thumbs down symbolThis is very large, well designed study that combines the data from 6 clinical trials spanning the years 1974 to 2013.

The strongest conclusions from the study are:

  • In the context of a Western diet (the US diet) egg consumption slightly increases your risk developing heart disease. The increased risk is ~6% for 3-4 eggs/week, ~13% for 1 egg per day, and ~27% for two eggs per day.
  • The increased risk of heart disease appears to be almost entirely due to the cholesterol content of eggs.

The significance of this study needs to be weighed in the context of:

  • Recent studies in the US and Europe showing eggs do not increase heart disease risk.
  • Studies in China and Japan (where the diets can best be described as semi-vegetarian) showing that eggs decrease heart disease risk.

The significance of this study also needs to be weighed in the context of:

  • Studies showing that obesity, saturated fat, and physical inactivity have bigger effects on serum cholesterol levels and heart disease risk than dietary cholesterol from foods like eggs.

What Did This Study Miss?

EggsIf, as this study suggests, the effect of eggs on heart disease risk is due to their cholesterol content, this study (and most previous studies) missed a very important point. The effect of dietary cholesterol on blood cholesterol levels is not strongly affected by the overall composition of the diet. It is affected by the composition of the diet at the time foods containing dietary cholesterol are eaten.

  • The kind of fiber found in certain fruits, vegetables, whole grains, and legumes bind to dietary cholesterol, preventing it from being absorbed as it passes through the intestine.
  • Certain phytonutrients in plant foods affect how dietary cholesterol is utilized by the body.
  • However, to blunt the effect of dietary cholesterol on blood cholesterol levels the fiber and phytonutrient-containing foods must be consumed at the same meal.

Simply put, if your breakfast consists of eggs, sausage, biscuits, and hash browns, the cholesterol in the eggs will likely increase your blood cholesterol level, which in turn increases your risk of heart disease. This will occur even if you eat lots of fruits, vegetables, whole grains, and legumes with your other meals.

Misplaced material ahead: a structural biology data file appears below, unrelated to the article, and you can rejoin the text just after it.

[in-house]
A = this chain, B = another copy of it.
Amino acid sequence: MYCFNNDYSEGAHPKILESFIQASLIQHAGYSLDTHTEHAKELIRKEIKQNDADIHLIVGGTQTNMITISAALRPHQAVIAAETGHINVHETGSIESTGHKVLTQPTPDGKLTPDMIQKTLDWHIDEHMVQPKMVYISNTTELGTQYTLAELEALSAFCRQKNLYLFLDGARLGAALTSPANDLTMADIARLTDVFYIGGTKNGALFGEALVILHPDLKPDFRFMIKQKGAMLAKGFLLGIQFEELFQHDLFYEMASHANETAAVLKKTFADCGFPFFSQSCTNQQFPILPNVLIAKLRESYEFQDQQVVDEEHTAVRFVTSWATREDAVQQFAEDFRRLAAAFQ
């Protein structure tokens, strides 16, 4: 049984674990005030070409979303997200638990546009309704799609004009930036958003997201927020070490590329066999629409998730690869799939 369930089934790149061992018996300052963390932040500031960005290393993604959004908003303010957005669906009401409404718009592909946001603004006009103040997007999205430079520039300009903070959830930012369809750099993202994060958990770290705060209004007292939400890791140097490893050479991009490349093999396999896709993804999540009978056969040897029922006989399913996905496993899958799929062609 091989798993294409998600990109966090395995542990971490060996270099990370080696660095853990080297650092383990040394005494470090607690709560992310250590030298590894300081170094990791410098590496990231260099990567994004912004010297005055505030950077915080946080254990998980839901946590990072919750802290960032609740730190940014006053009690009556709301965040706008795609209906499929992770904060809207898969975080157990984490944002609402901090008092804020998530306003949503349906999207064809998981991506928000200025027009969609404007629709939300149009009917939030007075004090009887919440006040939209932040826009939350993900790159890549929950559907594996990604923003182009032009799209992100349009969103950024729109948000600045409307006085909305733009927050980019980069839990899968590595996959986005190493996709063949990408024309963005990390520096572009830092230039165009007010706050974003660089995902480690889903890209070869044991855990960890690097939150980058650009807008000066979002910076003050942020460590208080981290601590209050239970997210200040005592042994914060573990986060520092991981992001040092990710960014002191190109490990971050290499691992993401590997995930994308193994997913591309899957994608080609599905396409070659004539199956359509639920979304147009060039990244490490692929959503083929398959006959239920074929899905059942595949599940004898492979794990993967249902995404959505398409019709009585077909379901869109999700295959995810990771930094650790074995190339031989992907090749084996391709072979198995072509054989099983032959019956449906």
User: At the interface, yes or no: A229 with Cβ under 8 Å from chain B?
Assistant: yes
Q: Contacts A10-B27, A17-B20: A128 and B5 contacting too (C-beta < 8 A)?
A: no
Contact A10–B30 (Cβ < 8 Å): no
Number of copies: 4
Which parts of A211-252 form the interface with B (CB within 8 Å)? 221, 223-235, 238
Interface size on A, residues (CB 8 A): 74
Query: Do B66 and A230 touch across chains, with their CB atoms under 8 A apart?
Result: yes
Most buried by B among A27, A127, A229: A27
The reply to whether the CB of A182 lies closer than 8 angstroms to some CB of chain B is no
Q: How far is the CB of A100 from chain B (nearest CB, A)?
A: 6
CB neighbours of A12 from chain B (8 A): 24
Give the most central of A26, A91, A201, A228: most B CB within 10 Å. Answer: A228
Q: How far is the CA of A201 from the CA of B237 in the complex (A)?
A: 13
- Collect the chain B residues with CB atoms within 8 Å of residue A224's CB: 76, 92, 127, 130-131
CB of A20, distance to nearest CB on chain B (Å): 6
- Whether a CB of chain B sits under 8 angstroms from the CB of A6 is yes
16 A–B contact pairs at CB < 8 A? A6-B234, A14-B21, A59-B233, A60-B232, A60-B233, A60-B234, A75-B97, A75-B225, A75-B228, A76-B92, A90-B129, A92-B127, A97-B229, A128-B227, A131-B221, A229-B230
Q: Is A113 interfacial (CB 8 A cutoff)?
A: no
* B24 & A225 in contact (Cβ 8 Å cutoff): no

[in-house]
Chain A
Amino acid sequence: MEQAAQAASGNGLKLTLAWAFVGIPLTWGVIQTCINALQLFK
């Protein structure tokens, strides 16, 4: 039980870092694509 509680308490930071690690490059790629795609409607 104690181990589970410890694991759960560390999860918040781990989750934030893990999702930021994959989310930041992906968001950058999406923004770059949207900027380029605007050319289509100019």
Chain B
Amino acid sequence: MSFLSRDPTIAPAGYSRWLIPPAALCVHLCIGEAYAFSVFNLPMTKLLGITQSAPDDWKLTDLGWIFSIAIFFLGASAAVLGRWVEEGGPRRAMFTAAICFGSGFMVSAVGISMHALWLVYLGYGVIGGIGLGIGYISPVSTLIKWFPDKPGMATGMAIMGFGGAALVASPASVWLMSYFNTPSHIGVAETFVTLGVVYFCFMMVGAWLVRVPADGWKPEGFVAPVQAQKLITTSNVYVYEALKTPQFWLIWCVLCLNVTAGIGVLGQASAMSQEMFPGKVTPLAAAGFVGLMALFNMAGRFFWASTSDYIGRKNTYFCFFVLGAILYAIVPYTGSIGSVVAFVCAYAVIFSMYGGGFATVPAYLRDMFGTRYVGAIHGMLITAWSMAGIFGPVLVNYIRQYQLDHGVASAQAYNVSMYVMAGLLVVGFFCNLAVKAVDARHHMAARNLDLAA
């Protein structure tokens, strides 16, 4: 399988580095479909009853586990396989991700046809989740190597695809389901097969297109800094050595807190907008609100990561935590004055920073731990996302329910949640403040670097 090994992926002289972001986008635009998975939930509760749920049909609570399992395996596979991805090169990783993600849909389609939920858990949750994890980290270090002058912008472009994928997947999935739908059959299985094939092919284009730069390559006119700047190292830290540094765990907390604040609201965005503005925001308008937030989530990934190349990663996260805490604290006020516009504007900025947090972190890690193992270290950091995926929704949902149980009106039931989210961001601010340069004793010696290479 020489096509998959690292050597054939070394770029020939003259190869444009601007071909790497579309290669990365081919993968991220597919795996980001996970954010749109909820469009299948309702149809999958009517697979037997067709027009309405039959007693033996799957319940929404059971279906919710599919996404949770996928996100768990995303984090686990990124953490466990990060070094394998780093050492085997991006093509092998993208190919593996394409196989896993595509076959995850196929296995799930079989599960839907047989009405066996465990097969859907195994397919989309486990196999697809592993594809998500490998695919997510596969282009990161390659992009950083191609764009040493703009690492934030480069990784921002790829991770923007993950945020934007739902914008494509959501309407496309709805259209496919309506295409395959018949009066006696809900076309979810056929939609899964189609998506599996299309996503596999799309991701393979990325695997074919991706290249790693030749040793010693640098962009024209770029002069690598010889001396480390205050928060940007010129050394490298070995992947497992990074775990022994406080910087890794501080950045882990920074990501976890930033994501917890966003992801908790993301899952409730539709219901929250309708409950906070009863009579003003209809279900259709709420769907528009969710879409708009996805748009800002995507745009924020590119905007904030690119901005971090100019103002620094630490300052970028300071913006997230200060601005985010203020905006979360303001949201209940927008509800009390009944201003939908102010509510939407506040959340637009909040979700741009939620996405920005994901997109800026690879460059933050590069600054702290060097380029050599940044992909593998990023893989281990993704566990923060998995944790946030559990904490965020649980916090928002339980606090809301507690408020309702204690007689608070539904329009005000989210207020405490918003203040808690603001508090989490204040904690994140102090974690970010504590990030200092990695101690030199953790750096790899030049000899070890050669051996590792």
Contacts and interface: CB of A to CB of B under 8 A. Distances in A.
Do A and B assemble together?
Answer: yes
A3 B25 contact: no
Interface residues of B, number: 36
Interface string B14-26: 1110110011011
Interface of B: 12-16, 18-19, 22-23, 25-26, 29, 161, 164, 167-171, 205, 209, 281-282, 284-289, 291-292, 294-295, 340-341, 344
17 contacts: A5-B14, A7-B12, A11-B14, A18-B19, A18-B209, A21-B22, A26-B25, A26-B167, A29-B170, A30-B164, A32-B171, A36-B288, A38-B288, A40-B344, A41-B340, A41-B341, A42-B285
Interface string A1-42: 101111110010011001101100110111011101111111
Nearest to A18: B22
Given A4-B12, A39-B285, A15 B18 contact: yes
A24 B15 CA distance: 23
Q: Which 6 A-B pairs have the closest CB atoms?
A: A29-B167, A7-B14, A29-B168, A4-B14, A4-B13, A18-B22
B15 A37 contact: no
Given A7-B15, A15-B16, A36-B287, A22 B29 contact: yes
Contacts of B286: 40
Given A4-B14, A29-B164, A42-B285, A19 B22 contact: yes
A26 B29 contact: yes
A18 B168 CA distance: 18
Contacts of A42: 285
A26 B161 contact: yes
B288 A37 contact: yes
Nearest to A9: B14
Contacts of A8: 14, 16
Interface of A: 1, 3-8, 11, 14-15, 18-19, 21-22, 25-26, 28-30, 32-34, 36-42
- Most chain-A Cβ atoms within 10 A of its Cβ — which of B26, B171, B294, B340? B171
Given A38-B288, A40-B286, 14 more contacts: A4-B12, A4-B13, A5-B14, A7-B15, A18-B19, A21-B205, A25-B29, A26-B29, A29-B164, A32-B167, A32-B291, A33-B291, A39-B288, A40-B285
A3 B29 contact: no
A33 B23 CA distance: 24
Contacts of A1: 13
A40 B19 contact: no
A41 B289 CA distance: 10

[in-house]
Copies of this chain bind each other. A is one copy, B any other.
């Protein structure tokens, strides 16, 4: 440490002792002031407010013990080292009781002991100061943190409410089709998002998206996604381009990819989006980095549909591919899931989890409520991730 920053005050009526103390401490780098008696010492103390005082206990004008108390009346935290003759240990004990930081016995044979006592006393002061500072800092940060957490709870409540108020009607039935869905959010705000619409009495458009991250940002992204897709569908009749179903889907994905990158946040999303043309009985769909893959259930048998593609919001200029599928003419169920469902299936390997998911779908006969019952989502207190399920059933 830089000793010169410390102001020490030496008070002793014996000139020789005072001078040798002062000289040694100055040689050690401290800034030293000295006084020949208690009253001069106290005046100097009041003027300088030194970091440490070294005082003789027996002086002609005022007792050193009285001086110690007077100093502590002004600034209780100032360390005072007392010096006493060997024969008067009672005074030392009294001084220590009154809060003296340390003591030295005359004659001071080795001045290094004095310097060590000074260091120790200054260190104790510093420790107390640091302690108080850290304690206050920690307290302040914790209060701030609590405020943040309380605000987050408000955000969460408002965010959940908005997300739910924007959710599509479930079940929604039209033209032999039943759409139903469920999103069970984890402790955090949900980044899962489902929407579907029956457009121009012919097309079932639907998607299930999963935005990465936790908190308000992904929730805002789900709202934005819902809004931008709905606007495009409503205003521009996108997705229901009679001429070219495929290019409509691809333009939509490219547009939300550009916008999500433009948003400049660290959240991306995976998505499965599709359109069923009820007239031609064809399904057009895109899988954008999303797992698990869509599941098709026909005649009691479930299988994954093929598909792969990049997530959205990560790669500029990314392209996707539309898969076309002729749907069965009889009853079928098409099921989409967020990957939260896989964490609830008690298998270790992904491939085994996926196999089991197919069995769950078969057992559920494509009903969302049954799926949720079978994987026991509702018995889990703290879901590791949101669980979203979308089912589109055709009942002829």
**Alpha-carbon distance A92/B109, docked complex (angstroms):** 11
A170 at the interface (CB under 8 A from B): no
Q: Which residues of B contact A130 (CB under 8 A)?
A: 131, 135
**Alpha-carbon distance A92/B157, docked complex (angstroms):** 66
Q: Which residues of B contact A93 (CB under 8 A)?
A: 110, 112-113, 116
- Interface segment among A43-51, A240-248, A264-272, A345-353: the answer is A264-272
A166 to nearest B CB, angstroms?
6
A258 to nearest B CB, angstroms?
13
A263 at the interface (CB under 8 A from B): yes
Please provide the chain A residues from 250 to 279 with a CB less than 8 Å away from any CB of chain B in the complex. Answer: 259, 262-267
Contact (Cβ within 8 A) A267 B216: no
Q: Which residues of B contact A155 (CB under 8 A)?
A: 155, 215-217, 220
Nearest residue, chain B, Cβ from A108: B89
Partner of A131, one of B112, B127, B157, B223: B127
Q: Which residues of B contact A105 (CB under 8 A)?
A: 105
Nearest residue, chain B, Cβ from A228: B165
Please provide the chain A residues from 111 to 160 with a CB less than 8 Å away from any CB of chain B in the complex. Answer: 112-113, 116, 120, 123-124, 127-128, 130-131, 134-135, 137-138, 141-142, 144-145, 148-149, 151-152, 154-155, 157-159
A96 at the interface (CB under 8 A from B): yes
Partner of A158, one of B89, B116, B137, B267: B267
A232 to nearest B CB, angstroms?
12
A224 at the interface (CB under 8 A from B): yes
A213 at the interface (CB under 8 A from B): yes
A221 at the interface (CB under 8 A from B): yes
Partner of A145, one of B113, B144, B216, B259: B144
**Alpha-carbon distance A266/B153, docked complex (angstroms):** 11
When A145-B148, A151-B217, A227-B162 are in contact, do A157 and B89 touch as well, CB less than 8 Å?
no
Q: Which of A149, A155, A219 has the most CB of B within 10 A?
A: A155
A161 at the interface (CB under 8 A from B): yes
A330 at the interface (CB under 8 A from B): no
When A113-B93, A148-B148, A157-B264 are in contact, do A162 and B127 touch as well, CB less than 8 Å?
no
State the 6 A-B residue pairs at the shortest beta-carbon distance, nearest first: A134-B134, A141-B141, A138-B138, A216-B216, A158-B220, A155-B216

If, on the other hand, your breakfast consists of eggs and fiber-rich plant foods like oatmeal and beans, the cholesterol in the eggs will likely have a much smaller effect on your blood cholesterol levels and your heart disease risk.

The fact that previous studies have not looked at what foods were consumed along with the eggs may explain some of the variation in their conclusions about the effect of egg consumption on heart disease risk.

The Professor’s Story

professor owlLet me share my story with you. About 25 years ago, my doctor told me that my cholesterol levels were getting high and wanted to put me on statins. I didn’t take a stain, and I didn’t stop eating eggs for breakfast. I changed breakfast.

Now I soft boil my eggs or fry them in olive oil. I eat them along with oatmeal, which contains a fiber that binds cholesterol, and walnuts, which contain omega-3s and phytonutrients that lower blood cholesterol. I also include whatever fruit is in season. Finally, I take a supplement providing 2 grams of plant stanols and sterols, which blocks cholesterol absorption from the intestine.